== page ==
Tony Momoh
Prince Tony Momoh, the journalist par excellence, a bibliotherapist and cultural engineer is the 165th child of Momoh the first. He is the third of the four children his mother had for Momoh the first and his mother was the junior of the three groups into which the Momoh Household of 45 wives and 245 children were organised.

This Funny Subsidy Talk…1

(Vanguard of Sunday, May 10, 2009)

I am not going to argue about whether the fuel we consume is subsidized by government or not.  Or whether the marketers are having a field day smiling to the banks and being the people to blame for refineries we are unwilling or unable to refurbish.  The issue has been so politicized that we will always miss the point that many have been making that our earnings should not be diverted into the pockets of greedy people, but channeled to making life more tolerable for the citizens of this country.

I have no doubt in my mind that where the citizens see things improving around them, they will make the sacrifices demanded of them.  I just read in the papers that workers in Edo State, my state, now accept that they should pay tax.  They will pay more where they see what is being done with the tax.  It is unfortunate that when people speak about Edo State, they sing the praises of Dr. Samuel Osaigbovbo Ogbemudia, more than 30 years after leaving office.

It is because he worked.  Those in Lagos seem to be happy that what their money is used for is emerging for people to see. Someone who came to see me from Calabar during the week was singing the praises of Donald Duke — how he told everybody who wanted to listen that for development to take place, toes have to be stepped on; how angry many were that he was encroaching on their community lands in building what they believed were white elephant structures; but how what he did then is fast paying off for everyone to behold.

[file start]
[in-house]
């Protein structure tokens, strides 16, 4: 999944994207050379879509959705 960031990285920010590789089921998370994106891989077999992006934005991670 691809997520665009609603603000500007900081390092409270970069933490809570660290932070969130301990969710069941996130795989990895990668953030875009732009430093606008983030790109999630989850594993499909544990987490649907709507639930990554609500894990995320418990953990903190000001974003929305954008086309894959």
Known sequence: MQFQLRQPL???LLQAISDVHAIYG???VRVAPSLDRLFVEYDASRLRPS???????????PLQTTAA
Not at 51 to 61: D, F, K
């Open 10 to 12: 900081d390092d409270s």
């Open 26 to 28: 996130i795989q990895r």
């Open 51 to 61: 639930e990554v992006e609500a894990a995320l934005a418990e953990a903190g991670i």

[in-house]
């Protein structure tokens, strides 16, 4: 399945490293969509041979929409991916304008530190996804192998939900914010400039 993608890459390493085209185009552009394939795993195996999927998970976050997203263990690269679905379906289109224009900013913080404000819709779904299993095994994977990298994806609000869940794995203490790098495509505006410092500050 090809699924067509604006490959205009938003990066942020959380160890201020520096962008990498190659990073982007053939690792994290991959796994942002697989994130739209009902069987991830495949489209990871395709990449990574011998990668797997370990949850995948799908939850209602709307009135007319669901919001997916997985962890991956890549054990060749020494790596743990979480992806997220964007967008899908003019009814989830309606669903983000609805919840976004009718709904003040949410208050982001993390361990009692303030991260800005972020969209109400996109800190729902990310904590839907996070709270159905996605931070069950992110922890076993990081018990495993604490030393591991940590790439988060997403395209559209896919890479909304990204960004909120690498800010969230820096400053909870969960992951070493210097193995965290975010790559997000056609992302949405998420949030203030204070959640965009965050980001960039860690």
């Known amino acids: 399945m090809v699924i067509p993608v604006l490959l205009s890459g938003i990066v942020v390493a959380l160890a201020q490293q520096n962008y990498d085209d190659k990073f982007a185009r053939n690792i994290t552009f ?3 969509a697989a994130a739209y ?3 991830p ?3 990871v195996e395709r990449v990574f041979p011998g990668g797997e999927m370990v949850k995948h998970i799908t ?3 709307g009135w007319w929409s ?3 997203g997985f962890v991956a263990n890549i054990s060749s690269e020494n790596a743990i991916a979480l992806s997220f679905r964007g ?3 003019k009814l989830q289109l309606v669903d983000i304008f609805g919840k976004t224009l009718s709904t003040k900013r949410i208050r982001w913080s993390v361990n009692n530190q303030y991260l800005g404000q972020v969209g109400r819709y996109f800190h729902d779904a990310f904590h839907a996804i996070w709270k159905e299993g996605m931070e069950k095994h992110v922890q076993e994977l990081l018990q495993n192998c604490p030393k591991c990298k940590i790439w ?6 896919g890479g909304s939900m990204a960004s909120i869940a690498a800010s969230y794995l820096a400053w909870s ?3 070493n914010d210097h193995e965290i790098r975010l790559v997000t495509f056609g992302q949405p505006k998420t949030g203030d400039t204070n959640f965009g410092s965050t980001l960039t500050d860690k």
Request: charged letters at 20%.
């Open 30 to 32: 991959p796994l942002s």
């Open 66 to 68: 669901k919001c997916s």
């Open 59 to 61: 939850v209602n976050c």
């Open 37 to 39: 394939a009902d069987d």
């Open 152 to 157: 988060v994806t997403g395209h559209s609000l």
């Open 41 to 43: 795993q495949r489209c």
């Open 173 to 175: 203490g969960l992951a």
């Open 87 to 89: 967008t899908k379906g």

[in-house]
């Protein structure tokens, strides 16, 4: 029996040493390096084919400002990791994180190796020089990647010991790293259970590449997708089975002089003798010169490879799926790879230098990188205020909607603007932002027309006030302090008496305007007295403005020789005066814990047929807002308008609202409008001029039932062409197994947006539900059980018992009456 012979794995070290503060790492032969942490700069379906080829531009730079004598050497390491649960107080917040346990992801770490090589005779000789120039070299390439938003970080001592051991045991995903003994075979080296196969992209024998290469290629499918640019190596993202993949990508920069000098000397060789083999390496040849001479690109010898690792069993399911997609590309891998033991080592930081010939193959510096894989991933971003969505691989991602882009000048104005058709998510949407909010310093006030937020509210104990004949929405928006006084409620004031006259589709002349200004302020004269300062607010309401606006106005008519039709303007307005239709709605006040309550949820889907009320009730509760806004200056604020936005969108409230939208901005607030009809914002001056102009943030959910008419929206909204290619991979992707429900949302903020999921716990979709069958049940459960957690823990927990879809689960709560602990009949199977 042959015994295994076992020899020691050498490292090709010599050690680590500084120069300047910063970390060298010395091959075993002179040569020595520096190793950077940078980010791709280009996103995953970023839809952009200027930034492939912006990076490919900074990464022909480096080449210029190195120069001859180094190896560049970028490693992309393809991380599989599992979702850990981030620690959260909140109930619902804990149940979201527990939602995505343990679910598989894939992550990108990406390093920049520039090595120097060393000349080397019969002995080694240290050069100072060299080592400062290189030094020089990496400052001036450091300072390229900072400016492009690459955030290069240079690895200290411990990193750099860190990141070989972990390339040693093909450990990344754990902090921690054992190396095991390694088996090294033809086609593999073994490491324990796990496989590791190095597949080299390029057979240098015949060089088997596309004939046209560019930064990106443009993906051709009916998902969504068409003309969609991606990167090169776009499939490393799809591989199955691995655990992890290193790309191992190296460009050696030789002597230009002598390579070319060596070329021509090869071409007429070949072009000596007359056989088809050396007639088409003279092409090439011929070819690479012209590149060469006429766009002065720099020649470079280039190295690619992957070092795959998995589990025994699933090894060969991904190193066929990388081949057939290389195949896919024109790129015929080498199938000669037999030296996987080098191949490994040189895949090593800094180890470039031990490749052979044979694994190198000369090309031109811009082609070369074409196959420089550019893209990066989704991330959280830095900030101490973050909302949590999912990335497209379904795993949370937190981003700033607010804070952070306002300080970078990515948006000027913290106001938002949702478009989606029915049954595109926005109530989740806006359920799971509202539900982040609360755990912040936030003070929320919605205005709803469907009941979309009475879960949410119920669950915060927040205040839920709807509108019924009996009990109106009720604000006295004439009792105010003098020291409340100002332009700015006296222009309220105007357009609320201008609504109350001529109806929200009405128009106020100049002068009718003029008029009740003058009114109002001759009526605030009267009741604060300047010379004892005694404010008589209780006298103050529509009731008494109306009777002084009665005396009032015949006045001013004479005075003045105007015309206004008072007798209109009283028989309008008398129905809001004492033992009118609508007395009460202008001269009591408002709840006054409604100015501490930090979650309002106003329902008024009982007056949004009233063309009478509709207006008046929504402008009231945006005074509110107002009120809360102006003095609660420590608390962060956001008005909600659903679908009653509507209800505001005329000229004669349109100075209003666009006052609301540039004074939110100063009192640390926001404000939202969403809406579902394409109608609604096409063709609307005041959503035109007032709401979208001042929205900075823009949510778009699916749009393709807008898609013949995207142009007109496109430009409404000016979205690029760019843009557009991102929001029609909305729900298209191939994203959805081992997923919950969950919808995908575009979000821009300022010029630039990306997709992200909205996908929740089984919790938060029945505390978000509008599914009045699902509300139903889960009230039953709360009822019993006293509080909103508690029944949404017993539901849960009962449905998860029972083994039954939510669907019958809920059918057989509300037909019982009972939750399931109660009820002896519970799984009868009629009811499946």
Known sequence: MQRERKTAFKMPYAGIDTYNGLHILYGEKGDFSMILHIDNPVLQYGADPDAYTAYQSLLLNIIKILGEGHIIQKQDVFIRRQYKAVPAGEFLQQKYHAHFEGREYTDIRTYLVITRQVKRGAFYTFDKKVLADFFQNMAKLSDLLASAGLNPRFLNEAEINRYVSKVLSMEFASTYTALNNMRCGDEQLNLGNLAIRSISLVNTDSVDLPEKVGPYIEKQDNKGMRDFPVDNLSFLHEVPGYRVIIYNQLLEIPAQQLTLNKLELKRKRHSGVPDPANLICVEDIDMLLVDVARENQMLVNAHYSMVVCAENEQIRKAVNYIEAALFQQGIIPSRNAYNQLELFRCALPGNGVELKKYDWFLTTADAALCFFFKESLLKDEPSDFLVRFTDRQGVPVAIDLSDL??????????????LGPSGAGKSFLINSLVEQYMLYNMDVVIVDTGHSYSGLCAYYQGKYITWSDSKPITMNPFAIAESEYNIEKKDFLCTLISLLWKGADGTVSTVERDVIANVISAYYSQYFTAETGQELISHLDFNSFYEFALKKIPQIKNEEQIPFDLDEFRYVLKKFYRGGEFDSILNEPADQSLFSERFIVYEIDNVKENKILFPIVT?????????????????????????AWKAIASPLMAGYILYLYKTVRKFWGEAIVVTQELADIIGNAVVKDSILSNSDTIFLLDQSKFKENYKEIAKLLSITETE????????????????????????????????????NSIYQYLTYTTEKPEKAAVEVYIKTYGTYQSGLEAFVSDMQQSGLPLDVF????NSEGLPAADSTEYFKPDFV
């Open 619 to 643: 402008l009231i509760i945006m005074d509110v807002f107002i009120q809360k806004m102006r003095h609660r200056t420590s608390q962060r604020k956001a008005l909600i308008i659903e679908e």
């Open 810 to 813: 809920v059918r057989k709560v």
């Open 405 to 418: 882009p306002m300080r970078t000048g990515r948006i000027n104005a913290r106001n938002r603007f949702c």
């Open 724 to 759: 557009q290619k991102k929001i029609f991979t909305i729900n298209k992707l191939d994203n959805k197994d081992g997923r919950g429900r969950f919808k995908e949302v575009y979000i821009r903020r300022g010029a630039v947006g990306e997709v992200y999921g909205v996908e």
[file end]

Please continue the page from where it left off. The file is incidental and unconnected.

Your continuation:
The blame being tossed around between government agencies and marketers of petroleum products   on this subsidy thing made me revisit a letter I wrote on February 16, 1993, to Chief Ernest Shonekan who was then chairman of the Provisional Council and Head of Government before the presidential elections of 1993.  That was the time of the interim arrangement that had been made after all the presidential candidates of both the NRC and SDP had been disqualified and barred from taking part in future elections.

But I had to write the letter because of the debate that was raging on by how much the petroleum products we consumed internally were subsidized. I have asked in the past that we forget the word subsidy and call it a tax on fuel.  Don’t be angry with me when I say that I prefer the word tax to the word subsidy.  I would like to share the content of that letter with you this week and the next. Here is part of what

I said, “The little background I must give you on this matter (the so-called subsidy on oil) is that I was head, shoulders, belly, legs and feet into this subsidy matter when I was Minister of Information and Culture (between 1986 and 1990).  A litre of petrol cost 39k then.  It was argued that there was a subsidy which had to be reduced just a little bit to enable government raise some little more money for its many projects.  If part of the subsidy was removed, the money would be spent on road maintenance.